On November 15th, a foreboding figure dominated headlines everywhere: 8 billion. In just 11 years, we’ve added another billion people to our planet, according to a UN prediction based on population modelling.
The breaking news was met with a variety of reactions— most being extreme. Alarmism in response to a quickly growing population is not a new phenomenon. The world’s population has more than tripled in the past 70 years, with the population growth rate peaking in the 60s. Even 50 years ago, this was met with worst case scenario forecasting: in 1968, Stanford University biologist Paul Ehrlich published The Population Bomb, which began with, “The battle to feed all of humanity is over. In the 1970s hundreds of millions of people will starve to death in spite of any crash programs embarked upon now.” Alarmism has also resulted in extreme government policies like China’s one-child policy and forced mass sterilizations in Mexico, Bolivia, Peru, India, and other countries.
But since the 1970s, humanity has not experienced the Armageddon that Ehrlich feared. Instead of running resources dry, we have used resources more efficiently by increasing supply and developing substitutes. Population trends over history reveal that, as standards of living improve and as societies develop, people opt for smaller families, a phenomenon called the “fertility transition.” The population growth rate declines as education (especially for young women) improves, child mortality declines, access to contraceptives improves, GDP increases, and the percentage of the population living in urban areas increases. Women are also having children later in life, which means that they are more likely to bear fewer. The population growth rate, since peaking around the time Ehrlich published The Population Bomb, is now less than 1% per year. The UN projects that the world population will peak at around 10.4 billion in approximately 2086, and then steadily decline. Trends and predictions reveal what booming headlines that embolden “8 billion” and instil alarmism ignore: population growth is not wildly out of control.
However, our tendencies toward alarmism aren’t hindered by data. There is an equal amount of worst-case scenario predictions on the other end of the spectrum, causing freakouts about low birth rates and ageing populations. As growth rates decline and life expectancies increase, older demographics comprise a larger percentage of the population. In Japan, people now buy more diapers for the elderly than babies. A recent column in the Sunday Times made a controversial case for the UK to “tax the childless” to address declining fertility. An ageing population will limit people in the working class or the military and force governments to face stronger demands for social security and healthcare measures. Our alarmism feels inescapable: either there are too many of us and we exhaust the world’s resources, or there’s not enough of us for economies to sustain themselves.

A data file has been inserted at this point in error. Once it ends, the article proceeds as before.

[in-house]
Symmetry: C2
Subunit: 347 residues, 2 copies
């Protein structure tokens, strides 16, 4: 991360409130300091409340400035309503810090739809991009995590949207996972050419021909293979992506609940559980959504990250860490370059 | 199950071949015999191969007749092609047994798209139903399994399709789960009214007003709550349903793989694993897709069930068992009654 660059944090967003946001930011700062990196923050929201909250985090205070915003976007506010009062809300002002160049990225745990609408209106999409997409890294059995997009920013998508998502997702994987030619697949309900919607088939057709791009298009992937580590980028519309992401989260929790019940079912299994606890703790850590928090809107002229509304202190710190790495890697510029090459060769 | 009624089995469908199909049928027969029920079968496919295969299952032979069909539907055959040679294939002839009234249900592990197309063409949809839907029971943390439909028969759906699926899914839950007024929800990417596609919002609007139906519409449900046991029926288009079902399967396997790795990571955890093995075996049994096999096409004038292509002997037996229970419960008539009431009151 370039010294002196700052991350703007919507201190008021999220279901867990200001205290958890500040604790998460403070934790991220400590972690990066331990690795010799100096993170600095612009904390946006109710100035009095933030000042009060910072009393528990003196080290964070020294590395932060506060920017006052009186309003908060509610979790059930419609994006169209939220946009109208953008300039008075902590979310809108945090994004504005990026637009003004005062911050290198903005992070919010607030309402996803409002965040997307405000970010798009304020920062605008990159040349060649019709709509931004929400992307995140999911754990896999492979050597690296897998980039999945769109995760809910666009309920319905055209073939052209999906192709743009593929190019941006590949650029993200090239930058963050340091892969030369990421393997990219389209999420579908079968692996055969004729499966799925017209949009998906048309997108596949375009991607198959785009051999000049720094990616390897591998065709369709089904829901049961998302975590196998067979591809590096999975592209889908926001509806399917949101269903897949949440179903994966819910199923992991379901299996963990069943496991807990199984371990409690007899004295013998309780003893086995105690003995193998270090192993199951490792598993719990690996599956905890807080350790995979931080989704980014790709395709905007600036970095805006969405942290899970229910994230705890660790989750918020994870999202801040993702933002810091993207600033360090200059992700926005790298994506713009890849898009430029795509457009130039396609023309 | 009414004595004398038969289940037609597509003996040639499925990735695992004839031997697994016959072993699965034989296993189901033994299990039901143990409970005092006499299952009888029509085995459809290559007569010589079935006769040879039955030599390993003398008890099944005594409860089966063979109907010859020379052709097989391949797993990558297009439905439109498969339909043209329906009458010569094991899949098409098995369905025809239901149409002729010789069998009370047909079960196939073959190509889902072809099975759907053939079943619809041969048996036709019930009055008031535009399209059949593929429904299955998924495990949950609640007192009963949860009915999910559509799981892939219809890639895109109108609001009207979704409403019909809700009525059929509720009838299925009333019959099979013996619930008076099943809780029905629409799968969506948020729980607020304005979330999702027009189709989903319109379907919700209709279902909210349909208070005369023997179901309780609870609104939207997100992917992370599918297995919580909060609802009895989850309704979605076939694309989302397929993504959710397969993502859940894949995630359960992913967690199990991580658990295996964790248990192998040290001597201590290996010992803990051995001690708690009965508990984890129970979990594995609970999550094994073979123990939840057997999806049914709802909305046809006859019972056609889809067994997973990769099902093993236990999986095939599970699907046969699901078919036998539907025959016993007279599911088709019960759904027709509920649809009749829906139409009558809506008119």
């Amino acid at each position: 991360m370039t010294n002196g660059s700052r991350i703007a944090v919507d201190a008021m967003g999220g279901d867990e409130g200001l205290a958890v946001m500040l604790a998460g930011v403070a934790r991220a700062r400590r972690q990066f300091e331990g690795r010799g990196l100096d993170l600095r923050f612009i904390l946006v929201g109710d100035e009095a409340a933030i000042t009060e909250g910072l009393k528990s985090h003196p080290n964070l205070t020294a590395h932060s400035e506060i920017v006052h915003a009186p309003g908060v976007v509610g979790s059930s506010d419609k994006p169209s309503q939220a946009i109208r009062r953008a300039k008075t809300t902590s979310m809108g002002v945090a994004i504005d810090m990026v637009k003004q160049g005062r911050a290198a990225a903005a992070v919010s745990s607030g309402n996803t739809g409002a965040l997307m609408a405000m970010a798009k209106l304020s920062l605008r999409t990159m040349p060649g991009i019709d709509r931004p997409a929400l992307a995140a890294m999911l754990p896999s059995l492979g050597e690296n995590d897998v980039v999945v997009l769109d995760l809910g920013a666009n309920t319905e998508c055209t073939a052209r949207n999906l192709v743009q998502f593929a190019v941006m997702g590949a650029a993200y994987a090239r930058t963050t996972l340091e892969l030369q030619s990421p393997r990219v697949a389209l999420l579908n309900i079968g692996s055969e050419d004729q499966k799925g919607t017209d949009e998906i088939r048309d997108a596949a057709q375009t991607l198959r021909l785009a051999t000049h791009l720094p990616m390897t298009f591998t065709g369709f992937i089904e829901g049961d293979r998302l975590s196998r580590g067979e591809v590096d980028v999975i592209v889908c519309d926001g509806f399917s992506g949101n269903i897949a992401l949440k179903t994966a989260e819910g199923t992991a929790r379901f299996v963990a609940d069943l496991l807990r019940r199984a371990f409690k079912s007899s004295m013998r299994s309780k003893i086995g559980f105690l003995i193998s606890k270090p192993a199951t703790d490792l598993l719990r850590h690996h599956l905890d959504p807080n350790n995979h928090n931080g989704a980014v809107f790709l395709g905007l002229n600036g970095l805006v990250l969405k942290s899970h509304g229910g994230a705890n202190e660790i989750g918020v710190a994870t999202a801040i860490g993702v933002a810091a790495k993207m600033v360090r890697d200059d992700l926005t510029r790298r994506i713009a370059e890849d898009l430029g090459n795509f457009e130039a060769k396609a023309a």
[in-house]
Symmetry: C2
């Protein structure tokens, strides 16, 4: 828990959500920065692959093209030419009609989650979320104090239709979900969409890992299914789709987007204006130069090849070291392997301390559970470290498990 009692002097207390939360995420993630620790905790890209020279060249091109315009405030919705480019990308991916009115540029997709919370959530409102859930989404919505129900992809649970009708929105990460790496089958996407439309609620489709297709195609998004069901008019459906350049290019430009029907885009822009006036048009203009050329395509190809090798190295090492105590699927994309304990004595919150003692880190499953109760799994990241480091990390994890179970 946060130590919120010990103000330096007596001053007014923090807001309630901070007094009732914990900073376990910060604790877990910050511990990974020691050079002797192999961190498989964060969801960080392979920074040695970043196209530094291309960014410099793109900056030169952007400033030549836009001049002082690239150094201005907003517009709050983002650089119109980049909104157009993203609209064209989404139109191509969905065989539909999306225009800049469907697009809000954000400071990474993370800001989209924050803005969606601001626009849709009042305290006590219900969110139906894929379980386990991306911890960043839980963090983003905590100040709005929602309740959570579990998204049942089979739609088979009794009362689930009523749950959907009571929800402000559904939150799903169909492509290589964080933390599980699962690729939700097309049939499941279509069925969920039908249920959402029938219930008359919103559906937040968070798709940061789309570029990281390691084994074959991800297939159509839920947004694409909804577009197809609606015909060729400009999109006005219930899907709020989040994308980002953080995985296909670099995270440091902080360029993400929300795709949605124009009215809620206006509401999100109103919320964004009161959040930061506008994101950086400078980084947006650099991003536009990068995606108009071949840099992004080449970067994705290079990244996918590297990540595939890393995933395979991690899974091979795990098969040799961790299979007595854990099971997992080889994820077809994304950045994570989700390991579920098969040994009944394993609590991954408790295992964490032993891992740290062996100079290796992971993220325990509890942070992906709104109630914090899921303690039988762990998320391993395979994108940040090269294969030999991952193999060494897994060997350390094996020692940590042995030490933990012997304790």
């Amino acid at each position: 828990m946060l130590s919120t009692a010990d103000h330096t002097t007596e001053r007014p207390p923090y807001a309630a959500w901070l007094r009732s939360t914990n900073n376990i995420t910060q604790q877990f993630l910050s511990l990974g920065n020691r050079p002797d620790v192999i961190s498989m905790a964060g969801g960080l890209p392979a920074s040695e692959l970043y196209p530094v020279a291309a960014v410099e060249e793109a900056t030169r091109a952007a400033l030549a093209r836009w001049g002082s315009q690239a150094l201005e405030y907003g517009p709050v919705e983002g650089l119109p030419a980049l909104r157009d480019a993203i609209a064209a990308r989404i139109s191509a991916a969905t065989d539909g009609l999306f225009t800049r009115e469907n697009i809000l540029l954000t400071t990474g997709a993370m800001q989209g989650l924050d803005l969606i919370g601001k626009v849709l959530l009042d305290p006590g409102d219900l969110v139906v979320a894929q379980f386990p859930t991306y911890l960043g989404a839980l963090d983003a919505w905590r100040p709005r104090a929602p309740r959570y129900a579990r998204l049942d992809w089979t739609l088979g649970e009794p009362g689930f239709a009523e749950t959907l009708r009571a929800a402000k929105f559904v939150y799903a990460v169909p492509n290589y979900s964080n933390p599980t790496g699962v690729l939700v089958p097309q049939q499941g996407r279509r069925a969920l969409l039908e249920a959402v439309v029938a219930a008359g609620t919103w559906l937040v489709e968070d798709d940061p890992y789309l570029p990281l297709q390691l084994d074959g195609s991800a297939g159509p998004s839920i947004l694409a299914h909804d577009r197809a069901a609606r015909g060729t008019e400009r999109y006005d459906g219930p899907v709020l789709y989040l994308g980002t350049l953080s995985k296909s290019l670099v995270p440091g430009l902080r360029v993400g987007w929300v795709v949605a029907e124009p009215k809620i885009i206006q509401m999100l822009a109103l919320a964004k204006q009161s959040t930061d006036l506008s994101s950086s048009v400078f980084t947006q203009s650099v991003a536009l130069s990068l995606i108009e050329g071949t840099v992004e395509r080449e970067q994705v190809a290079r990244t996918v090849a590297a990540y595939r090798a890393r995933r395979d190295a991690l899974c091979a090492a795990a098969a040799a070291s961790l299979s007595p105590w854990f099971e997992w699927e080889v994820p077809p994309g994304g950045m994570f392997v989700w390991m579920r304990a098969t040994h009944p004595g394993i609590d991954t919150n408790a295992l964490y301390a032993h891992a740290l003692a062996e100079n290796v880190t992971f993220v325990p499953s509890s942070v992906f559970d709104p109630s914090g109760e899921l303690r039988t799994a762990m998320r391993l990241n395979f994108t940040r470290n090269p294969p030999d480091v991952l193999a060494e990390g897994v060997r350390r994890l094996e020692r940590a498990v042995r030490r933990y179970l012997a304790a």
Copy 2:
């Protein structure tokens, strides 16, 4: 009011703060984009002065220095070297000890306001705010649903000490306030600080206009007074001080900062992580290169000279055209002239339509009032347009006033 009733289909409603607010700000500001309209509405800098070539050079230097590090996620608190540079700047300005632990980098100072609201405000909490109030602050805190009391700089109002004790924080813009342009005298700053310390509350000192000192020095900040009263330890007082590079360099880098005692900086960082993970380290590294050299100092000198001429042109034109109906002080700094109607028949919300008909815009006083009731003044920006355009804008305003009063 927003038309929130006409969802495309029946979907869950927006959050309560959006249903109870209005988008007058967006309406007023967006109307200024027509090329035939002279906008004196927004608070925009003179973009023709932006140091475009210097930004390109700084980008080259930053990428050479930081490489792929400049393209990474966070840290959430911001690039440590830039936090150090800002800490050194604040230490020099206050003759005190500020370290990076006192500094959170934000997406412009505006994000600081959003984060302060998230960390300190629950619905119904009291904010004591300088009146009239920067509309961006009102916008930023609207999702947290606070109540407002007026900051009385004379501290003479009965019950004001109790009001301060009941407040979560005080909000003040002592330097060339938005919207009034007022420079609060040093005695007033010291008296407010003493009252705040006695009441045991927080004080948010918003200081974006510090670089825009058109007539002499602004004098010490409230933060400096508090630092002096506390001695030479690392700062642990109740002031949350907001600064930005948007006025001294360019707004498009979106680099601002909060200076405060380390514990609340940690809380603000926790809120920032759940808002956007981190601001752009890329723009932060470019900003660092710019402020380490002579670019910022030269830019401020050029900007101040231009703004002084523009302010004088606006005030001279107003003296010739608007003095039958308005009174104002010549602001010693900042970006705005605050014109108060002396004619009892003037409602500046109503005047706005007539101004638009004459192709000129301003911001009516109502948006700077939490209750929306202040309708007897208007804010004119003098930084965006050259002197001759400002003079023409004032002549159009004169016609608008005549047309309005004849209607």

We have a choice. We can either meet “8 billion” with a similar alarmism to Ehrlich and his adversaries, or we can think rationally, reflect on historical patterns of population growth and decline, and look for solutions to adapt to a more populated world.
It would be ignorant to assert that resource overuse and climate change are completely independent of the size of earth’s human population. Of course, more people on the planet means more carbon footprint. But population growth is not the main factor contributing to climate change, and not what policy and mass media should be addressing as our biggest problem. In reality, the biggest drivers of climate change are the inequality and conspicuous consumption instilled by capitalism.
North America and China, the top global emitters, account for almost half of global emissions. The Western way of living, with inherently high energy use and high consumption, contributes significantly more to a changing climate than ways of living in other parts of the globe. Studies have found that an additional four billion people in low-income countries would have no effect on global emissions. Large corporations play a large role as well: studies have revealed that only 20 companies have caused about a third of carbon dioxide emissions.
Having fewer babies cannot and will not solve climate change. Blaming climate change on population growth actually fuels a postcolonial discourse rooted in racist, white supremacist beliefs. Overpopulation arguments typically originate in the global north and criticize high population growth rates in low-income countries, particularly in Africa, Asia, and Latin America. On the other hand, worries about low fertility rates largely concern white, middle-class populations in the global north.
So, what can we do? Firstly, we should all work towards changing the discourse around population growth and decline. Instead of trying to control the number of people on the planet through forced sterilization, the “developed” world should focus on redistributing resources, preparing for an ageing population, and investing in health to prevent infertility. Birth rates in the “developing” world will stabilize as education and development increase.
There are more than enough resources to support a larger population, so long as they are managed and distributed fairly. Craig Welsh, for National Geographic, asks an enticing question: “Which will control our future more—the billions of mouths we’ll have to feed, or the billions more brains we could employ to do so?” Humanity has adapted and mitigated in the face of countless problems before. Alarmism is unnecessary.